Legislative Referendum 131: Explaining the ‘Born Alive Infant Protection Act’
On the ballot this election cycle is Legislative Referendum 131, a measure that advocates say is meant to prevent the killing of babies, and opponents say would force physicians to take actions that are not medically appropriate.
The referendum is described on ballots as the Born Alive Infant Protection Act. If passed by voters, the new law would establish penalties for health care providers if they did not provide necessary medical care and treatment to preserve the life of infants born alive, including infants born alive after an abortion. If a health care provider violated the act, the maximum punishment would be a $50,000 fine and up to 20 years in prison.
Causing the death of a premature baby is already illegal under federal and state law, said Tim Mitchell, a Missoula based maternal-fetal medicine specialist who opposes the referendum.
Mitchell cares for people experiencing high risk pregnancies. He’s had to tell patients with a wanted pregnancy that their baby might not survive for long past birth. While some patients decide to end the pregnancy, because it would be too hard to carry to term knowing the baby would die shortly after birth, Mitchell said some families want to continue the pregnancy.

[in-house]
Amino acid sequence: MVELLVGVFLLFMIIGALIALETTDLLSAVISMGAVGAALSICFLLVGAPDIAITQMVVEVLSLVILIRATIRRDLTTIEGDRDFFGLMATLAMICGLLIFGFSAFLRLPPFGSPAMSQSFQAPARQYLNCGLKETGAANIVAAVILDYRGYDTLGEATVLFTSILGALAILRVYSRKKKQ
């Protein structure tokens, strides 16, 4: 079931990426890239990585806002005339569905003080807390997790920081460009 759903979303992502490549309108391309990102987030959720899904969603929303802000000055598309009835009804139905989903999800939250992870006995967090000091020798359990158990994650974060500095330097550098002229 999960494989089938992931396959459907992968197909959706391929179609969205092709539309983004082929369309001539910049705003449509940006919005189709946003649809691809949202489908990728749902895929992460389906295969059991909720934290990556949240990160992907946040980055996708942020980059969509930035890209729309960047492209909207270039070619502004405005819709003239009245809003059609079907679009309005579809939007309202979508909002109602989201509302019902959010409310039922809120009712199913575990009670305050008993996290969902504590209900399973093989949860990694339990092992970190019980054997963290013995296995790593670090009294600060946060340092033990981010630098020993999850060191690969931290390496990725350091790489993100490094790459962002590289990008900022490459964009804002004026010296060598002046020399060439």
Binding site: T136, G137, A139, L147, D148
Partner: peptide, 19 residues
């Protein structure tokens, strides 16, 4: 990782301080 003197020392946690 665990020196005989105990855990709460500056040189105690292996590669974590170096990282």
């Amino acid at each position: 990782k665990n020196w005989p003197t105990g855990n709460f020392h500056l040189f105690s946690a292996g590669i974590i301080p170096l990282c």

“To deliver a live born baby,” Mitchell said. “To be able to hold them and say, ‘Goodbye.’”
During a September rally in Helena meant to show opposition to LR-131, Jenn Banna of Missoula said she experienced the scenario described by Mitchell. While pregnant with her daughter Anna, doctors told her the child’s brain hadn’t fully developed. Anna would not survive for long after delivery. But Banna opted to continue the pregnancy.
“The opportunity to snuggle and sing to her would not have been possible if she had been taken away immediately,” Banna said at the rally. “Anna Louise would have died in a different room, without me, robbing me of the opportunity of comforting and holding her during her short life.”
An advocate of the measure, Montana State Rep. Lola Sheldon-Galloway, R-Great Falls, said she felt opponents of the referendum had twisted the intent of the bill. She said she would hope the bill wouldn’t be used to go after doctors who allowed their patients time with their dying baby.
“If a person is willing to carry a pregnancy knowing the baby might not live,” Sheldon-Galloway said. “No one in their right mind is going to take away their chance for those precious moments together.”
If the referendum passes, Sheldon-Galloway said maybe it was something that needed to be tweaked next session. She encouraged people to participate more during the session, to make sure lawmakers “get it right to start with.”
Montana State Rep. Matt Regier, R-Kalispell, carried the bill to put the law to voters during the 2021 Legislative Session. While he acknowledged a state law was in place to protect premature babies, Regier said it did not go far enough. He also took issue with the way the law allowed for exception for viability.
“We need to make it abundantly clear that here in Montana,” Regier said. “The protection of all life is available.”
If passed, Mitchell said it was important to note that some doctors have said they would consider leaving Montana due to the law.